UNCTAD data on these “non-tariff measures” reveals that, on average, countries have twice as many measures, particularly sanitary regulations, for fish as for other products. These measures-both public and private-block access to major importing markets for many fish exporters from Least Developed Countries. While the stringency of regulations may sometimes be an issue, the procedures for meeting them are often a bigger one. This is mainly due to the fact that standards are not harmonized and are costly for Least Developed Countries to meet.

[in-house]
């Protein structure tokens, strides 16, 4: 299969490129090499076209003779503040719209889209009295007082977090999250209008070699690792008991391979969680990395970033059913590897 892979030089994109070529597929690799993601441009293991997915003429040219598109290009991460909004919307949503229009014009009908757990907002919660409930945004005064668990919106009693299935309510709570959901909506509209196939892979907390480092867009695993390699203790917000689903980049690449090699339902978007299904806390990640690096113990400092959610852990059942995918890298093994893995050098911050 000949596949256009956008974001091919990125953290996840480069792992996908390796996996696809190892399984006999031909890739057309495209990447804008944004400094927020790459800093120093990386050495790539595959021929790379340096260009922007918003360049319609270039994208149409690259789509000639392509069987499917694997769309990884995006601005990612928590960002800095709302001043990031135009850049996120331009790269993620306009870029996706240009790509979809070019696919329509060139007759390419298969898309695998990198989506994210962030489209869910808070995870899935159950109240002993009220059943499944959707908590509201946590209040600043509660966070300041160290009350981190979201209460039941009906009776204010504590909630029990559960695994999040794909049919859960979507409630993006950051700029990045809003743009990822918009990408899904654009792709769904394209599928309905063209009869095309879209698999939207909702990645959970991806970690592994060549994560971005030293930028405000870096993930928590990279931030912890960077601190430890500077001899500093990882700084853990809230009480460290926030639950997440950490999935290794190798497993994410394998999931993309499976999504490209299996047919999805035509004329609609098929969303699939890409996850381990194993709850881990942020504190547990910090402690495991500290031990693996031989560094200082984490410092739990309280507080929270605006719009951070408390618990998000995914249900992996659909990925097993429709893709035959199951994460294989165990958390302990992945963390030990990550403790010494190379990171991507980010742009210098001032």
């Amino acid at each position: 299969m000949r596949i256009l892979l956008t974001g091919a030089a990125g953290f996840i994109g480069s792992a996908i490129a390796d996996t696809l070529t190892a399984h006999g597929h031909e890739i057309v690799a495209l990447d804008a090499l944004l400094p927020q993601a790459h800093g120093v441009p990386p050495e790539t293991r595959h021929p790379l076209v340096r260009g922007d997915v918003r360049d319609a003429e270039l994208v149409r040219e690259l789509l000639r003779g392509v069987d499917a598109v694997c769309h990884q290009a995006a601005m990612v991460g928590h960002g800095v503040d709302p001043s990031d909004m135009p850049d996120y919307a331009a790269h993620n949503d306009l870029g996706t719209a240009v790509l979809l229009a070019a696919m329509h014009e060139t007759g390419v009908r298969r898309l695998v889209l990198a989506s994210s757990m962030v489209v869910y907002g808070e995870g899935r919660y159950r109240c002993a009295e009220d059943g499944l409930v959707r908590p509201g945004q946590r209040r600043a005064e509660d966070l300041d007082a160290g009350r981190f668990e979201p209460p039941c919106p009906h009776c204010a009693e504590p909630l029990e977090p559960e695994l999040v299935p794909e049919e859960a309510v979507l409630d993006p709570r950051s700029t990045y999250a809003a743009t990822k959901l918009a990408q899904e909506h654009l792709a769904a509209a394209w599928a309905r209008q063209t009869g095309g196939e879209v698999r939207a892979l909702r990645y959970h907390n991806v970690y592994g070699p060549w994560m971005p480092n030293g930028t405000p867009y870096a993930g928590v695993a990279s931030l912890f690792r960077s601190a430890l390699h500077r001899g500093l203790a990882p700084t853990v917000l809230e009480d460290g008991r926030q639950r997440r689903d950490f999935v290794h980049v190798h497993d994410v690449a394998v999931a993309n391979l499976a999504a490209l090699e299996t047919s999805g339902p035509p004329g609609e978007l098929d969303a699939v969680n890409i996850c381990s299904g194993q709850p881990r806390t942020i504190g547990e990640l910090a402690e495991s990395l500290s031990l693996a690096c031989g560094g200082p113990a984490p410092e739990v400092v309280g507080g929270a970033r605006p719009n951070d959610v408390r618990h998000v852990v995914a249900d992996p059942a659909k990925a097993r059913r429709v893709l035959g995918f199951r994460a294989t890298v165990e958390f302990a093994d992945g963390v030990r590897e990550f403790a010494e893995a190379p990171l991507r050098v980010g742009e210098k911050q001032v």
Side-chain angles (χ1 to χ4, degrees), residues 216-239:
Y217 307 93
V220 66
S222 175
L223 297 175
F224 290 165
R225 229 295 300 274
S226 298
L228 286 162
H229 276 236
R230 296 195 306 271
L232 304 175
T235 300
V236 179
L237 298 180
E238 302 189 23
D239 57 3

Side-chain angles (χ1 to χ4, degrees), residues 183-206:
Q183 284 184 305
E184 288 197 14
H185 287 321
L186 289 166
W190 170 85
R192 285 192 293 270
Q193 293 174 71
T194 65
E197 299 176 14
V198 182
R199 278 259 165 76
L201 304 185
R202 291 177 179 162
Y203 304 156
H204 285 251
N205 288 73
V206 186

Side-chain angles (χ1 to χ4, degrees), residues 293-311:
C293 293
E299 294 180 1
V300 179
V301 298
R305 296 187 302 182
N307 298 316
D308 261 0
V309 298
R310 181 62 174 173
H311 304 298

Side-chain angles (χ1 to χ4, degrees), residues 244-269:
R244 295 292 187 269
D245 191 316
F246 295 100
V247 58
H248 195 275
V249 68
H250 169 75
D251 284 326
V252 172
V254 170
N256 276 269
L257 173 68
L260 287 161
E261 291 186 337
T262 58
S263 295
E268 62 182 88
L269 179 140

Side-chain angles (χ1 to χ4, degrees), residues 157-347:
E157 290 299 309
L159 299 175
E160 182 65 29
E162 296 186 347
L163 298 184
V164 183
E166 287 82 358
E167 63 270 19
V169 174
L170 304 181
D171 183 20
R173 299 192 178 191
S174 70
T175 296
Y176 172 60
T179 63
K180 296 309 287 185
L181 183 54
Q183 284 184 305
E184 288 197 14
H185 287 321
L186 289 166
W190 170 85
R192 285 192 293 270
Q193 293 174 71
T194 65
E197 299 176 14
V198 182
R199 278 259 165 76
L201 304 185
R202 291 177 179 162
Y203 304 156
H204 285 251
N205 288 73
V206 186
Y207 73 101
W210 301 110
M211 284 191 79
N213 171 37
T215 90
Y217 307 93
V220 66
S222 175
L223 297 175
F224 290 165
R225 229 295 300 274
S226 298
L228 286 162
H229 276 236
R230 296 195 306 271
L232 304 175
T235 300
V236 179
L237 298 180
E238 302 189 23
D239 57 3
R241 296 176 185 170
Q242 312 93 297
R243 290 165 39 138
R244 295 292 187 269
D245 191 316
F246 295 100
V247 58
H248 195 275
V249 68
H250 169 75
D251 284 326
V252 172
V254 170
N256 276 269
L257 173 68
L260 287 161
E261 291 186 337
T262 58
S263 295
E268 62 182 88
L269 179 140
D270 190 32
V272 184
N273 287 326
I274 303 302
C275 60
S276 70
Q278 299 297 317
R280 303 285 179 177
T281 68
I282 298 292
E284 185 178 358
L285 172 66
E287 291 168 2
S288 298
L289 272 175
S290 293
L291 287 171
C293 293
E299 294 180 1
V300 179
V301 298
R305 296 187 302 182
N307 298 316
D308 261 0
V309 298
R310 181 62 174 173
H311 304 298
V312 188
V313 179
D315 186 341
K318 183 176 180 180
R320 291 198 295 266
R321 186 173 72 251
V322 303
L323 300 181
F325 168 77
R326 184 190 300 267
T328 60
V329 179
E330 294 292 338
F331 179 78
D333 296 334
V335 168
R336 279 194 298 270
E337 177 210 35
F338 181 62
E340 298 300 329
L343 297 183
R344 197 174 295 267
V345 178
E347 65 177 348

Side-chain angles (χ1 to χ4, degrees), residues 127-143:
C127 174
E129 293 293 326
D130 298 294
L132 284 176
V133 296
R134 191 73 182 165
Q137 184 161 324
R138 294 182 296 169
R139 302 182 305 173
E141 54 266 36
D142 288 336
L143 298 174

About 90% of those employed in fisheries value chains in Least Developed Countries are engaged in the small-scale sector. The complexity and diversity, and level of enforcement, of Sanitary and Phytosanitary measures and other technical barriers to trade in domestic and international markets may have dramatic effects that disproportionately impact the poorest, both globally and within countries. Small and artisanal fishers may see their export opportunities vanish and even their domestic markets marginalised. Chances to reach target 14.b of SDG 14 could thus be jeopardized.

The UNCTAD event will identify ways and means for sustainably tapping fishery resources for the socio-economic development of Least Developed Countries and Small Island Developing States. This will include coordinated and fair compliance with international food safety and quality standards. The potential to contribute to both poverty reduction and the sustainable management of marine resources is enormous.